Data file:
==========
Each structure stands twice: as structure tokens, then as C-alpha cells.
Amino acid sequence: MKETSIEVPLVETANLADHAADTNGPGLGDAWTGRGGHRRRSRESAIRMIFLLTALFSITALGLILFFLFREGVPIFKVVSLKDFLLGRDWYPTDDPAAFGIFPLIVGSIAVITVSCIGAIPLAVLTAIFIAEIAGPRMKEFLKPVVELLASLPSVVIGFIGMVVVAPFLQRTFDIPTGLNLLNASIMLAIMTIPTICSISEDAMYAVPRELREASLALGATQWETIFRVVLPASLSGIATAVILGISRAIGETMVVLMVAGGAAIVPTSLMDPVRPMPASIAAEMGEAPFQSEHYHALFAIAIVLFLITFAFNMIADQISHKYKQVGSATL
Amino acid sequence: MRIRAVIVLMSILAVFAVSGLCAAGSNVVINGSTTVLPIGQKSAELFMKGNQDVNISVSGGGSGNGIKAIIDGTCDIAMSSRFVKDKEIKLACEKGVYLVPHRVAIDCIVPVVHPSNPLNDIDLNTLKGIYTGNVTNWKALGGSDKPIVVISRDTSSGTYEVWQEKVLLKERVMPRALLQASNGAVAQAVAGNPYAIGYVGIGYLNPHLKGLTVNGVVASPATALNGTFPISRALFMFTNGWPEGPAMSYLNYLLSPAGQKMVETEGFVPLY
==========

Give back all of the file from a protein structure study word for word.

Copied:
Each structure stands twice: as structure tokens, then as C-alpha cells.
Amino acid sequence: MKETSIEVPLVETANLADHAADTNGPGLGDAWTGRGGHRRRSRESAIRMIFLLTALFSITALGLILFFLFREGVPIFKVVSLKDFLLGRDWYPTDDPAAFGIFPLIVGSIAVITVSCIGAIPLAVLTAIFIAEIAGPRMKEFLKPVVELLASLPSVVIGFIGMVVVAPFLQRTFDIPTGLNLLNASIMLAIMTIPTICSISEDAMYAVPRELREASLALGATQWETIFRVVLPASLSGIATAVILGISRAIGETMVVLMVAGGAAIVPTSLMDPVRPMPASIAAEMGEAPFQSEHYHALFAIAIVLFLITFAFNMIADQISHKYKQVGSATL
Amino acid sequence: MRIRAVIVLMSILAVFAVSGLCAAGSNVVINGSTTVLPIGQKSAELFMKGNQDVNISVSGGGSGNGIKAIIDGTCDIAMSSRFVKDKEIKLACEKGVYLVPHRVAIDCIVPVVHPSNPLNDIDLNTLKGIYTGNVTNWKALGGSDKPIVVISRDTSSGTYEVWQEKVLLKERVMPRALLQASNGAVAQAVAGNPYAIGYVGIGYLNPHLKGLTVNGVVASPATALNGTFPISRALFMFTNGWPEGPAMSYLNYLLSPAGQKMVETEGFVPLY